If you see a situation where animals are suffering and you think the law is being broken:
• Make sure you have your facts straight.
• Be prepared to state the exact address and location of the animals, exact details of the situations (do not exaggerate or use colorful language, be very specific about the animals’ situation and related suffering), the last time you saw them (it is very important to call when you witness a situation, if you delay a few hours or a day or a week, the situation could be temporarily improved - as in weather related cases, or the animal/s may be severely injured or dead).
When you call animal control or law enforcement:
Don’t over react. Be prepared to work WITH animal control and let them do their job. Allow appropriate time to respond. Be respectful and polite. (Stop and think -- Who would you rather work with? Someone who is pleasant and professional or someone who is demanding and angry? Which attitude will get better results for the animals??)
• Try and be brave enough to offer your name. You are the only voice the animals have. Tips from actual sources are better received than anonymous sources. If you must remain anonymous, explain your fear of retribution and remind law enforcement they get reliable anonymous tips all the time from people reporting crime, the location of criminals, drunk drivers, and child abuse victims.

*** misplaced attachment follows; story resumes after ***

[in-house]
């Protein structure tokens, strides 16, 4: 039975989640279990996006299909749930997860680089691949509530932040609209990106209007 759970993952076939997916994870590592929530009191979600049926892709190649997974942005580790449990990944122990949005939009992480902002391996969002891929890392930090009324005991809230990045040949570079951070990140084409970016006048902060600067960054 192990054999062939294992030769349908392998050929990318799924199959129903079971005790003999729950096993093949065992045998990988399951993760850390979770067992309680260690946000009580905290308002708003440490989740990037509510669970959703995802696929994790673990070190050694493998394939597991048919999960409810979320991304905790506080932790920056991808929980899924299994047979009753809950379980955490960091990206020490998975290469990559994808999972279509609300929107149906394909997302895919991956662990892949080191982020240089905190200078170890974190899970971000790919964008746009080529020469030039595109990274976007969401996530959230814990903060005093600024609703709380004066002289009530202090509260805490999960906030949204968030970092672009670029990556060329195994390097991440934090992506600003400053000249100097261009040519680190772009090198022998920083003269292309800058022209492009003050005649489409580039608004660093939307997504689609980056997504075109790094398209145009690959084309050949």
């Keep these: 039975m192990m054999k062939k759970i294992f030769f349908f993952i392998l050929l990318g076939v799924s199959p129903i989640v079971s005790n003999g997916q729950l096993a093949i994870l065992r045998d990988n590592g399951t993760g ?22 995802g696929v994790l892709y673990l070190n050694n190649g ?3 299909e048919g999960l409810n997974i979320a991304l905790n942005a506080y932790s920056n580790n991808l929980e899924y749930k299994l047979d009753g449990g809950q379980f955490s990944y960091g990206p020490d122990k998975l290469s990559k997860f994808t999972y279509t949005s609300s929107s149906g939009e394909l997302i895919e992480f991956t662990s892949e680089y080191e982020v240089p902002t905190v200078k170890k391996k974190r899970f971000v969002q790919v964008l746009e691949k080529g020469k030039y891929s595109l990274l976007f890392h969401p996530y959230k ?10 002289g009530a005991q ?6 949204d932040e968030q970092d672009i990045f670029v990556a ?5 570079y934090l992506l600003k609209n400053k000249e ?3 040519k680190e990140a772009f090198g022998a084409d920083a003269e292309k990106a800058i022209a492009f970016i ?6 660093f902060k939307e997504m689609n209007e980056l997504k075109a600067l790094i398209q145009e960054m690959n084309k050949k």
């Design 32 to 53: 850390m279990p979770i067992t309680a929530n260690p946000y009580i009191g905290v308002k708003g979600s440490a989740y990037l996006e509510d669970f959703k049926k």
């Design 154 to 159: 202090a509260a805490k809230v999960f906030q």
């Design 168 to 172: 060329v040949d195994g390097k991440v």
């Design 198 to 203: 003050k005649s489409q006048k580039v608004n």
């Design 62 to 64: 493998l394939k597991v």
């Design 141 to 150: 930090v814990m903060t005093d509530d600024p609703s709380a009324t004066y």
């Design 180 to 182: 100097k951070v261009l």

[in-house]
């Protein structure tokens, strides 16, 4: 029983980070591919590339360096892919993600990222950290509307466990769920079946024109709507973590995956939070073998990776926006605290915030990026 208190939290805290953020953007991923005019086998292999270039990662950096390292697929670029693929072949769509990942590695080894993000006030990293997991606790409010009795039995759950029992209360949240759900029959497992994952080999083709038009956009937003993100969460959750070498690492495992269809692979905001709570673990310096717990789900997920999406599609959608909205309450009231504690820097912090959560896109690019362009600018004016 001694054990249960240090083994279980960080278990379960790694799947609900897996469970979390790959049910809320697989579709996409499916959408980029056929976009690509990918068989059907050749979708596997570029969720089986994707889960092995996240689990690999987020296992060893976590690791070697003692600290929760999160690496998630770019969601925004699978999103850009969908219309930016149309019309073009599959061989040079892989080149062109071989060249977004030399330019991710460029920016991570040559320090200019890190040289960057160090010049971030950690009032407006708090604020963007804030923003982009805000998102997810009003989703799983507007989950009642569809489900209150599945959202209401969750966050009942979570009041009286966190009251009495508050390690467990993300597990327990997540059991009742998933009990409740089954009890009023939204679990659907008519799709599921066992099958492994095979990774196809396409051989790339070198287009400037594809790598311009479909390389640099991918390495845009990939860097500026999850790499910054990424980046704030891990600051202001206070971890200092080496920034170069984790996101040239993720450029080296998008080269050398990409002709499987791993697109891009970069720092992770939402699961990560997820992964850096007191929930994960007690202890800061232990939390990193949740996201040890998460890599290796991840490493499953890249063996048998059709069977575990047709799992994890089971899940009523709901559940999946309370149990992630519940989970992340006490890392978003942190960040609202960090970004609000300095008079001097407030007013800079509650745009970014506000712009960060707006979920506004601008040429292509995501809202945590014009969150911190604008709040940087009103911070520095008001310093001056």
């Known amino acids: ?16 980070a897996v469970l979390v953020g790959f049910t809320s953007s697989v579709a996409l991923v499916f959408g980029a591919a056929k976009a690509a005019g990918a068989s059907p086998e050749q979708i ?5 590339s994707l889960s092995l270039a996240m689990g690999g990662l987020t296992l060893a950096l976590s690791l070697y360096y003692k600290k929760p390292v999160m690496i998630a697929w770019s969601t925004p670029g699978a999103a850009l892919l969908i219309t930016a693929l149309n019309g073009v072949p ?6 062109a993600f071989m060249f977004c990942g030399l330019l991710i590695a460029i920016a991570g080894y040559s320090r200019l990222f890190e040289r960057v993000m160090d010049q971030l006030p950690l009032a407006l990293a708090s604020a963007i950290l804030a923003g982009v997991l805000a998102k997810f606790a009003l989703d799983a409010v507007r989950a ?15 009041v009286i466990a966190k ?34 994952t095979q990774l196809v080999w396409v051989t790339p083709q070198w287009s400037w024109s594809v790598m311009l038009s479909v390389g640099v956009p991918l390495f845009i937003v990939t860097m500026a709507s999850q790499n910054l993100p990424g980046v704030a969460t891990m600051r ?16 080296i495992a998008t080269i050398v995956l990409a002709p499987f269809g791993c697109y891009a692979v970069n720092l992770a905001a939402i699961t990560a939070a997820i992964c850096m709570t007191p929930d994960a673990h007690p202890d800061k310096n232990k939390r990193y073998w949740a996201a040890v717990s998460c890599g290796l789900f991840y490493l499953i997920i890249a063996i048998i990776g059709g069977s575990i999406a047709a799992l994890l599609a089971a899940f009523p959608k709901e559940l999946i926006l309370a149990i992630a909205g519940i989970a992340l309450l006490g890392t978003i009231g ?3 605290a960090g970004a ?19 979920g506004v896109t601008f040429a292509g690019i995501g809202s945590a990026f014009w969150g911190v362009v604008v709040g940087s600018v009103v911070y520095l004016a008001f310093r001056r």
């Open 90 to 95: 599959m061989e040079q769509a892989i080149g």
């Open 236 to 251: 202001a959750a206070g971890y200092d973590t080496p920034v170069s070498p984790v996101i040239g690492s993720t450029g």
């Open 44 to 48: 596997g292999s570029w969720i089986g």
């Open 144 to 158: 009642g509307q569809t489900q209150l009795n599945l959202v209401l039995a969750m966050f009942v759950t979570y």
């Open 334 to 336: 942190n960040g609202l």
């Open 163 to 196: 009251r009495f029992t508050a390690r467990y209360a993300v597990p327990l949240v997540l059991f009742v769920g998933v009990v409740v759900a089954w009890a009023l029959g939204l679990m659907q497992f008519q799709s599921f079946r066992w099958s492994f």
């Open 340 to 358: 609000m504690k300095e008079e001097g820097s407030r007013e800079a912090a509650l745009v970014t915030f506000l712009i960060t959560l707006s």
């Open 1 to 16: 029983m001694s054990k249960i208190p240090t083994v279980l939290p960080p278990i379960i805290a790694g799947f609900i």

• Be prepared to cite the laws that you have witnessed being broken (copies of local ordinances and state laws are available through the mayor’s office, county clerk’s office, attorney general’s office, or APNM – www.apnm.org). Many law enforcement officers are not familiar with animal laws - so make the information accessible to them.
• Request that the case be given a case number and request that a report be written, even if formal charges are not filed. This will allow you to follow up on the action taken on the case more easily and request copies of reports. This also creates a paper trail for repeated abuse scenarios.
• Let the officer know you expect charges to be filed if the law is being broken. Law enforcement can always stipulate on the ticket that the charges will be dropped if conditions improve in a reasonable amount of time (i.e., failing to provide a dog with shelter is against the law, a ticket can be written and the charges dismissed if the dog gets adequate shelter within 24 - 48 hours). Owners can release custody of animals in place of charges.
• Ask if you need to file a formal complaint for the situation to be investigated or charged. Be brave enough to follow through.
• Tell the officer you expect animals who are in immediate distress: an untreated injury; a dog without shelter during a storm or extreme weather, to be taken into protective custody. There is no excuse not to do this -- a local vet, shelter, or foster home can take the animal until conditions are improved or the case is resolved in the courts.
• You may have to remind them that just because “everyone else is doing that” the law still needs to be enforced. Drunk driving and domestic violence were once ignored because “everyone was doing it”.
• Request follow up on the situation if the animal is left there and no charges are filed.